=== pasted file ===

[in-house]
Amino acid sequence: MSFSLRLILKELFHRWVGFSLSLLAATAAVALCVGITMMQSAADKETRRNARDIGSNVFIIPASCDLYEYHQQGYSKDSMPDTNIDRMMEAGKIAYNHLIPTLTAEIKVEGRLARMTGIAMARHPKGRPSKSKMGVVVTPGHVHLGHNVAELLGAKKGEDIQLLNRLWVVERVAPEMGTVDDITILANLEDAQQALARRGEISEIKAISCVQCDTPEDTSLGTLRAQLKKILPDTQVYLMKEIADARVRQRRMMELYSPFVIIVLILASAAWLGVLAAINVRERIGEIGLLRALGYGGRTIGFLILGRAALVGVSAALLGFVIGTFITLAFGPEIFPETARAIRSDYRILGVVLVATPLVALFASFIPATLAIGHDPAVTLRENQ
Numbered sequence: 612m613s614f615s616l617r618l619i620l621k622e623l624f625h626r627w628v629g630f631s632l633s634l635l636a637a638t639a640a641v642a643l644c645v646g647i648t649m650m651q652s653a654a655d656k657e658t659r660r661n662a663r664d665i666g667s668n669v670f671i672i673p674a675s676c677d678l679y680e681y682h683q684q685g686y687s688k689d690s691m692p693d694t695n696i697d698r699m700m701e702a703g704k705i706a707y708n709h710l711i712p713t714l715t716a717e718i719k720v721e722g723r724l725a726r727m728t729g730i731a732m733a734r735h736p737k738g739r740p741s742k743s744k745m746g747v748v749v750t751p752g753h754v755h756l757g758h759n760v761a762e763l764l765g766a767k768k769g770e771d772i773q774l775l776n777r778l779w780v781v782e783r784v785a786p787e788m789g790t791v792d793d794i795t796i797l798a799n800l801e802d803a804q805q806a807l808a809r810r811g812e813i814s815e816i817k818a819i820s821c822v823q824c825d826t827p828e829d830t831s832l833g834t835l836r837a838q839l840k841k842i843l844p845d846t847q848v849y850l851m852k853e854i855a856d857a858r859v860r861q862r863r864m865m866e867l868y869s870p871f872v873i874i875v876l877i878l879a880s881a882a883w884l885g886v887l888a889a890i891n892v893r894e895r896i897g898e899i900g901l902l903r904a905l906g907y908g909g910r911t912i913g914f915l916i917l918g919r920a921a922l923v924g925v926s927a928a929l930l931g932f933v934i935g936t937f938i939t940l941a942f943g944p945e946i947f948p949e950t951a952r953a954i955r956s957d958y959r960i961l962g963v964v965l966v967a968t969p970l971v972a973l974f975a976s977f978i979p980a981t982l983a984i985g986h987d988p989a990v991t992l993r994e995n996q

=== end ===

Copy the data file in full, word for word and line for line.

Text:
[in-house]
Amino acid sequence: MSFSLRLILKELFHRWVGFSLSLLAATAAVALCVGITMMQSAADKETRRNARDIGSNVFIIPASCDLYEYHQQGYSKDSMPDTNIDRMMEAGKIAYNHLIPTLTAEIKVEGRLARMTGIAMARHPKGRPSKSKMGVVVTPGHVHLGHNVAELLGAKKGEDIQLLNRLWVVERVAPEMGTVDDITILANLEDAQQALARRGEISEIKAISCVQCDTPEDTSLGTLRAQLKKILPDTQVYLMKEIADARVRQRRMMELYSPFVIIVLILASAAWLGVLAAINVRERIGEIGLLRALGYGGRTIGFLILGRAALVGVSAALLGFVIGTFITLAFGPEIFPETARAIRSDYRILGVVLVATPLVALFASFIPATLAIGHDPAVTLRENQ
Numbered sequence: 612m613s614f615s616l617r618l619i620l621k622e623l624f625h626r627w628v629g630f631s632l633s634l635l636a637a638t639a640a641v642a643l644c645v646g647i648t649m650m651q652s653a654a655d656k657e658t659r660r661n662a663r664d665i666g667s668n669v670f671i672i673p674a675s676c677d678l679y680e681y682h683q684q685g686y687s688k689d690s691m692p693d694t695n696i697d698r699m700m701e702a703g704k705i706a707y708n709h710l711i712p713t714l715t716a717e718i719k720v721e722g723r724l725a726r727m728t729g730i731a732m733a734r735h736p737k738g739r740p741s742k743s744k745m746g747v748v749v750t751p752g753h754v755h756l757g758h759n760v761a762e763l764l765g766a767k768k769g770e771d772i773q774l775l776n777r778l779w780v781v782e783r784v785a786p787e788m789g790t791v792d793d794i795t796i797l798a799n800l801e802d803a804q805q806a807l808a809r810r811g812e813i814s815e816i817k818a819i820s821c822v823q824c825d826t827p828e829d830t831s832l833g834t835l836r837a838q839l840k841k842i843l844p845d846t847q848v849y850l851m852k853e854i855a856d857a858r859v860r861q862r863r864m865m866e867l868y869s870p871f872v873i874i875v876l877i878l879a880s881a882a883w884l885g886v887l888a889a890i891n892v893r894e895r896i897g898e899i900g901l902l903r904a905l906g907y908g909g910r911t912i913g914f915l916i917l918g919r920a921a922l923v924g925v926s927a928a929l930l931g932f933v934i935g936t937f938i939t940l941a942f943g944p945e946i947f948p949e950t951a952r953a954i955r956s957d958y959r960i961l962g963v964v965l966v967a968t969p970l971v972a973l974f975a976s977f978i979p980a981t982l983a984i985g986h987d988p989a990v991t992l993r994e995n996q